Apocalypse: Now What? Why doesn’t WA have tighter travel restrictions?

Other states have travel restrictions for out-of-state travelers. A reader asks: Why not Washington?

Travelers wear masks as they wait for baggage at Seattle-Tacoma International Airport

Travelers wear masks as they wait for baggage at Seattle-Tacoma International Airport, May 18, 2020. The Port of Seattle has encouraged its employees to wear face coverings, and all federal agencies that operate at the airport require their employees to wear face coverings. All airlines operating at Sea-Tac require employees and passengers to wear face coverings. (Elaine Thompson/AP)

Coronavirus has changed our reality for the foreseeable future, prompting questions from you about how to navigate our strange new normal. In this weekly column, we hope to answer them with practical advice, ideas and solutions. Ask your question at the bottom of this story.

Question: Why isn't the governor instituting travel restrictions like other states have done? I have commercial jets flying over my home every two or three minutes, heading to Sea-Tac to disgorge hundreds of passengers coming from such COVID-19 hot spots as Texas, Arizona and Florida. Why?

I am sorry you live under Sea-Tac’s notoriously noisy air traffic corridor; that’s a recipe for hair-pulling stress even without the specter of contagion haunting every facet of our daily lives. 

But while air travel is up, it’s still 77% down as compared with this time last year. Airline industry analysts say traffic probably won’t return to normal levels until 2024. By that time, advances in virtual reality might obviate the need for us to physically see the world or meet people at all. (Fingers crossed for Animal Crossing: Maldives Edition, exclusively on Nintendo BrainSwitch™!)

Why so many metal birds up in the sky, then? It can cost more to park planes than it does to keep them in the air, so it often remains more cost effective for airlines to keep flights going, even when flights are nearly empty (though that’s happening less and less).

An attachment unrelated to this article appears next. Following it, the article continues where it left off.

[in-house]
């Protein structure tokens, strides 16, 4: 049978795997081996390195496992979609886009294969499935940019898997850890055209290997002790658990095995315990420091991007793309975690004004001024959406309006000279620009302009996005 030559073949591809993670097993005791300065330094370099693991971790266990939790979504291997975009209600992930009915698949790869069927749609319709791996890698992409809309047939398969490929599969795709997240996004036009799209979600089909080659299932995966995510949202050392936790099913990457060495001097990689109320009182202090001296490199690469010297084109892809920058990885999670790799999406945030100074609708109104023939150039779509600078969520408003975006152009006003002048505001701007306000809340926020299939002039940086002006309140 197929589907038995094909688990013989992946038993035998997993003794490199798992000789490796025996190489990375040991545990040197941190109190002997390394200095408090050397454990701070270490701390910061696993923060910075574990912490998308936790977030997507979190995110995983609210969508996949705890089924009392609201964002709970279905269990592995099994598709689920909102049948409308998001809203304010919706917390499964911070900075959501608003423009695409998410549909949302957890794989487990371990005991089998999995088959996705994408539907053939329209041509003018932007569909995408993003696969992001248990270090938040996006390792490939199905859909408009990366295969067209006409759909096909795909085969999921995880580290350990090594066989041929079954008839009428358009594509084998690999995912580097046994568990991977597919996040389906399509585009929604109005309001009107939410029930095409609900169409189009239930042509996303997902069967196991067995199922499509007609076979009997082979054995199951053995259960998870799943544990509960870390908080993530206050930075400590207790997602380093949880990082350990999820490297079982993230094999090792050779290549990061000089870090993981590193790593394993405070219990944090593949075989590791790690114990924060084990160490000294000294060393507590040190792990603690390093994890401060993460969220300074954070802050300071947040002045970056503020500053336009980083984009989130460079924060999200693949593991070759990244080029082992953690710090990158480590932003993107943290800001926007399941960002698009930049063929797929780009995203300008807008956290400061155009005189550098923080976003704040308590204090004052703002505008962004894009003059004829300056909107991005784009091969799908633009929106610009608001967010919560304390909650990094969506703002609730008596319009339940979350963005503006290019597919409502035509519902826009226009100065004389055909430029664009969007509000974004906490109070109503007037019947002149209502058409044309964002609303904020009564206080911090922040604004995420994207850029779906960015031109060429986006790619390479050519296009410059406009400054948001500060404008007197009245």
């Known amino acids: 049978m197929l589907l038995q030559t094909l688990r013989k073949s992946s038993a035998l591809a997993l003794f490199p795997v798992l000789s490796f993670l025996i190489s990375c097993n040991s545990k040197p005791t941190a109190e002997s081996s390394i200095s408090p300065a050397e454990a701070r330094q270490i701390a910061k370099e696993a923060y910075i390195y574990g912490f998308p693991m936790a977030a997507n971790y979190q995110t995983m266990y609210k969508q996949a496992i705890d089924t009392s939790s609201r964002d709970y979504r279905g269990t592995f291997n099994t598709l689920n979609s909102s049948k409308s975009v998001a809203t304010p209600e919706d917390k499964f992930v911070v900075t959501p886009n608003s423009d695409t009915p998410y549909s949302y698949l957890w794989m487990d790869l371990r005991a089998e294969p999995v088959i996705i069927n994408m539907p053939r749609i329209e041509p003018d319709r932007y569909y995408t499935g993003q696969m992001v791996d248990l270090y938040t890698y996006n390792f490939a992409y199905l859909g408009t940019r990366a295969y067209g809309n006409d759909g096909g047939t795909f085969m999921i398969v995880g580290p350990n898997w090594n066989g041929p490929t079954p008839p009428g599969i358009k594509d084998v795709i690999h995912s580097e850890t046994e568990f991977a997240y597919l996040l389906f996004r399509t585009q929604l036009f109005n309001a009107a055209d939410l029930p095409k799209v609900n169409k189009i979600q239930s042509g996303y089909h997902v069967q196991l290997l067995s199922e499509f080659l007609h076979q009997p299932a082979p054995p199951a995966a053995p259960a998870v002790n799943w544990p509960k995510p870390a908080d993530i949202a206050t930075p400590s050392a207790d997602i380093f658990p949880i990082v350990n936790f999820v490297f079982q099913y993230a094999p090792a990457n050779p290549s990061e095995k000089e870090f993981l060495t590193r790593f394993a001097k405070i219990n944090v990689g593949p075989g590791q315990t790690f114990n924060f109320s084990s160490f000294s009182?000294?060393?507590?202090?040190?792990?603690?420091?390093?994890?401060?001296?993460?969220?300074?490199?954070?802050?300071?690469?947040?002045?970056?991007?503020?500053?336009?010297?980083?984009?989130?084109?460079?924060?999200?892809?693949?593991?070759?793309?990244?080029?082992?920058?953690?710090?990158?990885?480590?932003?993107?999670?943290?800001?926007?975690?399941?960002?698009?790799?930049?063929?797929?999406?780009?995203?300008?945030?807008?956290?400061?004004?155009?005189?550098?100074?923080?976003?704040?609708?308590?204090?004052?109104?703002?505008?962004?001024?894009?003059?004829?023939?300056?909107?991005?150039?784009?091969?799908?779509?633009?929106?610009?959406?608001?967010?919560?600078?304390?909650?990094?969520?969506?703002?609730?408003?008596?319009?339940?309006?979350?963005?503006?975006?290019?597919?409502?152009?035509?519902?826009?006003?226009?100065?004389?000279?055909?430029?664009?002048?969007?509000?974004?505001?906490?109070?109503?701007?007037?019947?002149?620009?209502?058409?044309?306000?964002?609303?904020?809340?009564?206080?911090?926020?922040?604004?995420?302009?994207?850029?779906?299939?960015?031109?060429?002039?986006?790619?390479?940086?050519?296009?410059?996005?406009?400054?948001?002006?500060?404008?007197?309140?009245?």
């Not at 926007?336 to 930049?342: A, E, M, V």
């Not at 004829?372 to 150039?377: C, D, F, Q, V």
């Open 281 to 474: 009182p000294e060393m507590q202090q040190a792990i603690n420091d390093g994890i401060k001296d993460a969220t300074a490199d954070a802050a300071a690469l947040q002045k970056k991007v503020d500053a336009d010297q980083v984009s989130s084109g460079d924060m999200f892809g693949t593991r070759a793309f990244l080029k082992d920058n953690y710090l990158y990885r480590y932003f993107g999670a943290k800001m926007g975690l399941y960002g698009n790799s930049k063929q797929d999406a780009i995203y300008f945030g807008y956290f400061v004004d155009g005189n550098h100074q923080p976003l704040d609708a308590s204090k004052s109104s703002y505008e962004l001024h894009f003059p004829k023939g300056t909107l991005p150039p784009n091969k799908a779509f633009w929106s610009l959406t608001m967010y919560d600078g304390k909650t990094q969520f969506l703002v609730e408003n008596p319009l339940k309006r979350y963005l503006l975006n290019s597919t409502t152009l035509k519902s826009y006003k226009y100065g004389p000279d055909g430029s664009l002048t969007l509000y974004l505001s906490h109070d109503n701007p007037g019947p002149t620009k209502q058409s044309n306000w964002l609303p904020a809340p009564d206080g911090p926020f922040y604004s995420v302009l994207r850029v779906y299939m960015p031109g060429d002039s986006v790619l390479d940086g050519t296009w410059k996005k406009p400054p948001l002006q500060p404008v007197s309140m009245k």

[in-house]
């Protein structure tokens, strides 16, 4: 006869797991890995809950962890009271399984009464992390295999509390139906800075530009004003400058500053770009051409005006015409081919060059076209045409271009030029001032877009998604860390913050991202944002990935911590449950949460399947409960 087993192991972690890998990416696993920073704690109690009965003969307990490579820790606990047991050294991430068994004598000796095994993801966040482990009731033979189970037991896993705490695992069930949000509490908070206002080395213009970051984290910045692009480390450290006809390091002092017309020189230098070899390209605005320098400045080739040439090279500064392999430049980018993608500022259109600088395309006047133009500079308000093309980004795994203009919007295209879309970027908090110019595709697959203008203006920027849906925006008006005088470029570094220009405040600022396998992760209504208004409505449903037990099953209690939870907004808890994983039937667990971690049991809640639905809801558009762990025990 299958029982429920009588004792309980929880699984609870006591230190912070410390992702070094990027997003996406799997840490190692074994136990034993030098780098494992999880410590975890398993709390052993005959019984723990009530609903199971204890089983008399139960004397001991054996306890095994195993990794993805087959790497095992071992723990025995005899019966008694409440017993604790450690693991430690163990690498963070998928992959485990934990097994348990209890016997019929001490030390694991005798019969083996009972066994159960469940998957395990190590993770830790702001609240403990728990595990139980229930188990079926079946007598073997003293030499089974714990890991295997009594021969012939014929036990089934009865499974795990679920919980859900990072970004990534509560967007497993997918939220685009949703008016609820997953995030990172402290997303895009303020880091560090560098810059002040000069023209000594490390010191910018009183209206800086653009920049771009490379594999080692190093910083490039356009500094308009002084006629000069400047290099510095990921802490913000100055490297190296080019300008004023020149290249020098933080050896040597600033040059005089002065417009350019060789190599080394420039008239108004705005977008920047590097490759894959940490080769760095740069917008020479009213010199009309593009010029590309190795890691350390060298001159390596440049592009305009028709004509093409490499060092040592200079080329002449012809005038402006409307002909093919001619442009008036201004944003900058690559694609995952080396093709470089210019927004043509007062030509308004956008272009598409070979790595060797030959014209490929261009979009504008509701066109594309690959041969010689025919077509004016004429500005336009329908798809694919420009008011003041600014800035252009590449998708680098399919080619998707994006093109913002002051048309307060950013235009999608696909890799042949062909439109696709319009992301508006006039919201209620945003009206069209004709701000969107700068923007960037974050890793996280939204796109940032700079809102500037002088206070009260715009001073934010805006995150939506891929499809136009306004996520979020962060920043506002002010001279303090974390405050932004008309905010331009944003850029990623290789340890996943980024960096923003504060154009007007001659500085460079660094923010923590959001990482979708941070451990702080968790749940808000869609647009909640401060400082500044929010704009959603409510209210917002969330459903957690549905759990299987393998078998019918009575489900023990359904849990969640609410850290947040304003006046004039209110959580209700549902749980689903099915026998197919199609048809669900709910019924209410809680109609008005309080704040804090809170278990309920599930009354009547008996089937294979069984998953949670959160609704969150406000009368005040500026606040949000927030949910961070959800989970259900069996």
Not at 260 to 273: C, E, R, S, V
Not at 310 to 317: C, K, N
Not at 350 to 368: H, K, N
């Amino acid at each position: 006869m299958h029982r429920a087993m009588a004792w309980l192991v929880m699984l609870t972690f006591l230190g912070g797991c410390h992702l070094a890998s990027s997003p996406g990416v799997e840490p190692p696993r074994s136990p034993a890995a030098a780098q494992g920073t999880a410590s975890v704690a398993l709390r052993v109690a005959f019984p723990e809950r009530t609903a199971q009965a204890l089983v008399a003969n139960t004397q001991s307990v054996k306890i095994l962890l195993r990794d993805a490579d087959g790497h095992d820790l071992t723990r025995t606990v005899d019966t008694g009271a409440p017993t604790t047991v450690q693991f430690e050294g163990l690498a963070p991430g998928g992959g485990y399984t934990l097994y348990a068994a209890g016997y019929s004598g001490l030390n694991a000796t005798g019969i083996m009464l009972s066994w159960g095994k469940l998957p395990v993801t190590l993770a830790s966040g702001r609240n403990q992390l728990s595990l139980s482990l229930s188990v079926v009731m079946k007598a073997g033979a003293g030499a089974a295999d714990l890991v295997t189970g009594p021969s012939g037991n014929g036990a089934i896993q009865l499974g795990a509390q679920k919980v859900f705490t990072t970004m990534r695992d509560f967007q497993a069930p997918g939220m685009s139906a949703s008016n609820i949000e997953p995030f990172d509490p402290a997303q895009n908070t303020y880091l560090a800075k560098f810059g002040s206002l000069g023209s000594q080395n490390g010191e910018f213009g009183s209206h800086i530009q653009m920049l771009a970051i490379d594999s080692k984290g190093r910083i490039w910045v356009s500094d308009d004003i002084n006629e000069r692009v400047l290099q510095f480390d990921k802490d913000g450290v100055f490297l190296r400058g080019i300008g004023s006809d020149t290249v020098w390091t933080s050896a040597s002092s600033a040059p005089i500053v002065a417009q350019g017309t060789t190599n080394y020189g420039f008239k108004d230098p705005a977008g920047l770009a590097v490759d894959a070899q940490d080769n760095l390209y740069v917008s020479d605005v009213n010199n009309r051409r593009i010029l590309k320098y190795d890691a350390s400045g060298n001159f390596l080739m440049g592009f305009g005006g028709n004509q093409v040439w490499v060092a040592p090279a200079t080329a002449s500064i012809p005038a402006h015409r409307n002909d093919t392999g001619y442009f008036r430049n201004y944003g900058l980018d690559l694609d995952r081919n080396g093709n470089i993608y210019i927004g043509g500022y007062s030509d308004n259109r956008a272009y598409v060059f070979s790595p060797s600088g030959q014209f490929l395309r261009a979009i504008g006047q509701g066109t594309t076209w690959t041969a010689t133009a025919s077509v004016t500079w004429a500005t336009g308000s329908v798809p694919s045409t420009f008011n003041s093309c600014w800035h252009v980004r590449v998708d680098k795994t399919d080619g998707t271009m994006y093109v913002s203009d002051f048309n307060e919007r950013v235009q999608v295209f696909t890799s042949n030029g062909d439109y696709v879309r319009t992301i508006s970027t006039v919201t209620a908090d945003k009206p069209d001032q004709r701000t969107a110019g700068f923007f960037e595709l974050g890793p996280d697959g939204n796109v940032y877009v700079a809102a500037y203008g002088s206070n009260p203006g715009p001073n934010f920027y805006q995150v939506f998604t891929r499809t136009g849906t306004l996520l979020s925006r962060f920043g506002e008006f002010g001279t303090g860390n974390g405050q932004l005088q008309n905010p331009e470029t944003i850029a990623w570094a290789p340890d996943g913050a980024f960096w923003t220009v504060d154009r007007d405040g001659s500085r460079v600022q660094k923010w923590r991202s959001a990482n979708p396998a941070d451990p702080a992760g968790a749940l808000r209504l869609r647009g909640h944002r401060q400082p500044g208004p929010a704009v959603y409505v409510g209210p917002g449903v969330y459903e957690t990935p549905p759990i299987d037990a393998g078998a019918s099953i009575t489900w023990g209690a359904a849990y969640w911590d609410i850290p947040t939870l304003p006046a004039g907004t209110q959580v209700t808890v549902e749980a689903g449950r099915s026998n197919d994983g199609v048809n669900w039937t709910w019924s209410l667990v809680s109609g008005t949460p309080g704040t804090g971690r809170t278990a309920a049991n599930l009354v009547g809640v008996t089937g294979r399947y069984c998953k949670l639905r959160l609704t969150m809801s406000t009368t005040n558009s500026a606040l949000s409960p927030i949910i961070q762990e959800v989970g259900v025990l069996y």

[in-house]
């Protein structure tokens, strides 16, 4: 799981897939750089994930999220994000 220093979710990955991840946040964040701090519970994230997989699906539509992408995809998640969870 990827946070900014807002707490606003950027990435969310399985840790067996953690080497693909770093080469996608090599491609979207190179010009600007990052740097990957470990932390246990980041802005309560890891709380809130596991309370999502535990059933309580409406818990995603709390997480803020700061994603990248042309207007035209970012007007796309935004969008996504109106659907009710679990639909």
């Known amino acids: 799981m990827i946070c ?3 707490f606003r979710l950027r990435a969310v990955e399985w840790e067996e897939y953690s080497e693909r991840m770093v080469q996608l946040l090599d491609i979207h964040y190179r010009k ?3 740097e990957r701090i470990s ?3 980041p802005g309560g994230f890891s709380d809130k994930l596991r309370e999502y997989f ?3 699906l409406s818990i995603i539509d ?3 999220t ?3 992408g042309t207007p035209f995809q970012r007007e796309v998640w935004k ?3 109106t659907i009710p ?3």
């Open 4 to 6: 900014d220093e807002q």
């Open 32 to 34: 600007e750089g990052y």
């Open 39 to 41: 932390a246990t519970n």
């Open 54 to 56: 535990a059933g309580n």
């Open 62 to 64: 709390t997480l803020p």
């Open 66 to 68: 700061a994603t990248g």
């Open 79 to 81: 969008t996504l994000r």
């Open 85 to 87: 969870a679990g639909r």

Now to your main question: Why doesn’t Washington have stricter travel restrictions? Looking at the constellation of states that make up our fractious union, there are a wide range of restrictions, from Alaska’s stringent testing, quarantine and mandatory declaration form requirements to the 30 states that require zilch. Washington is one of the latter.

But that doesn’t mean they aren’t coming — especially as cases in the state continue to rise.

“There have been discussions about this but no decision,” says Inslee’s deputy director of communications, Mike Faulk. “Staff have looked at different ways other states have done it, which can vary greatly. Questions remain about the enforcement and complexity of such a measure, and what version might be worth pursuing.”

Indeed, if the governor’s executive authority were anywhere near powerful enough to unilaterally command the complex web of national, state, county and city authorities to keep Florida Man out at all costs, we’d also be cruising around on InsLeap™ brand solar-powered pogo sticks and wearing state-mandated InSleeves™ compostable shirts. Much debate still remains around a state’s executive power to limit the right to travel, to say nothing of how it wades into the mire of what constitutes “essential” travel, and how those decisions ripple out into the economy and beyond.

Instead, the emphasis seems to be on making that travel as safe as possible, from airlines’ enhanced cleaning routines and spaced seating to temperature monitors at Sea-Tac (which could be of limited utility, given that asymptomatic carriers could be hauling viral loads to rival the coughers and sneezers).  

But until travel restrictions change (we can only hope things don’t deteriorate here enough to require it), once again the onus is on individuals to do their part. Keep your travel essential and local or regional; if you decide to travel, be diligent with mask wearing, handwashing, distancing and getting yourself tested before and after. 

Avoid travel to places where you might come into contact with people outside your household at all — be they of the Grand Canyon, Sunshine, Lone Star variety or not. Those places may be hotspots, but plenty of your neighbors offer potential for coronavirus transmission, even if they’re not Florida Man.

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About the Authors & Contributors

Ted Alvarez

Ted Alvarez

Ted Alvarez is formerly an editor at Crosscut and KCTS 9 focused on science and the environment.